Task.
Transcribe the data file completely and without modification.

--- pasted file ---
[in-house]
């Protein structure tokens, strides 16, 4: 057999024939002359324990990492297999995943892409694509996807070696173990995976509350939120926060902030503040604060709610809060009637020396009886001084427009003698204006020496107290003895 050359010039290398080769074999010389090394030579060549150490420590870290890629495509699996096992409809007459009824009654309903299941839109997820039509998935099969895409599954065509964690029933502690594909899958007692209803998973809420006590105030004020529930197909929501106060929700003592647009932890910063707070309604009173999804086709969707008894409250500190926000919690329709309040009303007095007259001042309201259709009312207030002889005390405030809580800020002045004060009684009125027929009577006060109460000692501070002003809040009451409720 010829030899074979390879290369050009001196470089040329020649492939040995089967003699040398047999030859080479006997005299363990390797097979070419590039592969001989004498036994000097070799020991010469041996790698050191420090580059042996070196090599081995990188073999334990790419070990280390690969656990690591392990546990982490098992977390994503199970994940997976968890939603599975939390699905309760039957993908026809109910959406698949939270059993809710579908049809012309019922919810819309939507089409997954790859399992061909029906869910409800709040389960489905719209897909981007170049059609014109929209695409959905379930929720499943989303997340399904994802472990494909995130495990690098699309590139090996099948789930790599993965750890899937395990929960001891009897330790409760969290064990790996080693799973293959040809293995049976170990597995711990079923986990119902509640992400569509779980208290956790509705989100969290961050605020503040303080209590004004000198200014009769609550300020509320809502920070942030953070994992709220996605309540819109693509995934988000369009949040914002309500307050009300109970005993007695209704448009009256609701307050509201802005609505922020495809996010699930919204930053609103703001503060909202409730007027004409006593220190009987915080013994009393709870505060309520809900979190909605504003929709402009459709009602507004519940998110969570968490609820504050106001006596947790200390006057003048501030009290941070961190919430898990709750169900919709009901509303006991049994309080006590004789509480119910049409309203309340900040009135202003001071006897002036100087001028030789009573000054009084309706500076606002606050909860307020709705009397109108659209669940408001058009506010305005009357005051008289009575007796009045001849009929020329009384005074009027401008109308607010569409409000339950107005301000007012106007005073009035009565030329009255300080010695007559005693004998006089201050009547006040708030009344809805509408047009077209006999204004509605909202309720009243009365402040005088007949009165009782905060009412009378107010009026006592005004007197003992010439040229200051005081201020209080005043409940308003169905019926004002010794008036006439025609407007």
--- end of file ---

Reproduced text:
[in-house]
């Protein structure tokens, strides 16, 4: 057999024939002359324990990492297999995943892409694509996807070696173990995976509350939120926060902030503040604060709610809060009637020396009886001084427009003698204006020496107290003895 050359010039290398080769074999010389090394030579060549150490420590870290890629495509699996096992409809007459009824009654309903299941839109997820039509998935099969895409599954065509964690029933502690594909899958007692209803998973809420006590105030004020529930197909929501106060929700003592647009932890910063707070309604009173999804086709969707008894409250500190926000919690329709309040009303007095007259001042309201259709009312207030002889005390405030809580800020002045004060009684009125027929009577006060109460000692501070002003809040009451409720 010829030899074979390879290369050009001196470089040329020649492939040995089967003699040398047999030859080479006997005299363990390797097979070419590039592969001989004498036994000097070799020991010469041996790698050191420090580059042996070196090599081995990188073999334990790419070990280390690969656990690591392990546990982490098992977390994503199970994940997976968890939603599975939390699905309760039957993908026809109910959406698949939270059993809710579908049809012309019922919810819309939507089409997954790859399992061909029906869910409800709040389960489905719209897909981007170049059609014109929209695409959905379930929720499943989303997340399904994802472990494909995130495990690098699309590139090996099948789930790599993965750890899937395990929960001891009897330790409760969290064990790996080693799973293959040809293995049976170990597995711990079923986990119902509640992400569509779980208290956790509705989100969290961050605020503040303080209590004004000198200014009769609550300020509320809502920070942030953070994992709220996605309540819109693509995934988000369009949040914002309500307050009300109970005993007695209704448009009256609701307050509201802005609505922020495809996010699930919204930053609103703001503060909202409730007027004409006593220190009987915080013994009393709870505060309520809900979190909605504003929709402009459709009602507004519940998110969570968490609820504050106001006596947790200390006057003048501030009290941070961190919430898990709750169900919709009901509303006991049994309080006590004789509480119910049409309203309340900040009135202003001071006897002036100087001028030789009573000054009084309706500076606002606050909860307020709705009397109108659209669940408001058009506010305005009357005051008289009575007796009045001849009929020329009384005074009027401008109308607010569409409000339950107005301000007012106007005073009035009565030329009255300080010695007559005693004998006089201050009547006040708030009344809805509408047009077209006999204004509605909202309720009243009365402040005088007949009165009782905060009412009378107010009026006592005004007197003992010439040229200051005081201020209080005043409940308003169905019926004002010794008036006439025609407007």